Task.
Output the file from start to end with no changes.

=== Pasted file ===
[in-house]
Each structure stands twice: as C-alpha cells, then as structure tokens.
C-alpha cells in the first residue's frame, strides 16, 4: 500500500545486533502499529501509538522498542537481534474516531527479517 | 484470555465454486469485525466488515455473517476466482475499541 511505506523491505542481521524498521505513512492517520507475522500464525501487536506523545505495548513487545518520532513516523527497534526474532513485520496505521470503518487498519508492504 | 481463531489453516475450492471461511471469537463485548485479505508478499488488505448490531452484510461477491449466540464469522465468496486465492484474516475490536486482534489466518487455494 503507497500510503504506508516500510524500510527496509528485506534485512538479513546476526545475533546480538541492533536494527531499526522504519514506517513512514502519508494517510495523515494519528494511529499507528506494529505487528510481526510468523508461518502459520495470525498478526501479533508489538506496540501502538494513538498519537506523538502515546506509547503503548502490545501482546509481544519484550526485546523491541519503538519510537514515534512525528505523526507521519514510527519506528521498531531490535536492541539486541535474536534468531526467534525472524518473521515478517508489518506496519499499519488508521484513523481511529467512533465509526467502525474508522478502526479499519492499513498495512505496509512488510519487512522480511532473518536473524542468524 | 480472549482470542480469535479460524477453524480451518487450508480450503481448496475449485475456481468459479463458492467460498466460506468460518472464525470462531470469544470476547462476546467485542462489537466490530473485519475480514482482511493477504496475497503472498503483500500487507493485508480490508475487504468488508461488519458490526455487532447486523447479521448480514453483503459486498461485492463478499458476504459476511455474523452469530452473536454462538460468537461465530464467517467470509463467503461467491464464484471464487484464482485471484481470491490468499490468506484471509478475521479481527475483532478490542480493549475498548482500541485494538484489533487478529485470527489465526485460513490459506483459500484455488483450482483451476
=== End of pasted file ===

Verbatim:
[in-house]
Each structure stands twice: as C-alpha cells, then as structure tokens.
C-alpha cells in the first residue's frame, strides 16, 4: 500500500545486533502499529501509538522498542537481534474516531527479517 | 484470555465454486469485525466488515455473517476466482475499541 511505506523491505542481521524498521505513512492517520507475522500464525501487536506523545505495548513487545518520532513516523527497534526474532513485520496505521470503518487498519508492504 | 481463531489453516475450492471461511471469537463485548485479505508478499488488505448490531452484510461477491449466540464469522465468496486465492484474516475490536486482534489466518487455494 503507497500510503504506508516500510524500510527496509528485506534485512538479513546476526545475533546480538541492533536494527531499526522504519514506517513512514502519508494517510495523515494519528494511529499507528506494529505487528510481526510468523508461518502459520495470525498478526501479533508489538506496540501502538494513538498519537506523538502515546506509547503503548502490545501482546509481544519484550526485546523491541519503538519510537514515534512525528505523526507521519514510527519506528521498531531490535536492541539486541535474536534468531526467534525472524518473521515478517508489518506496519499499519488508521484513523481511529467512533465509526467502525474508522478502526479499519492499513498495512505496509512488510519487512522480511532473518536473524542468524 | 480472549482470542480469535479460524477453524480451518487450508480450503481448496475449485475456481468459479463458492467460498466460506468460518472464525470462531470469544470476547462476546467485542462489537466490530473485519475480514482482511493477504496475497503472498503483500500487507493485508480490508475487504468488508461488519458490526455487532447486523447479521448480514453483503459486498461485492463478499458476504459476511455474523452469530452473536454462538460468537461465530464467517467470509463467503461467491464464484471464487484464482485471484481470491490468499490468506484471509478475521479481527475483532478490542480493549475498548482500541485494538484489533487478529485470527489465526485460513490459506483459500484455488483450482483451476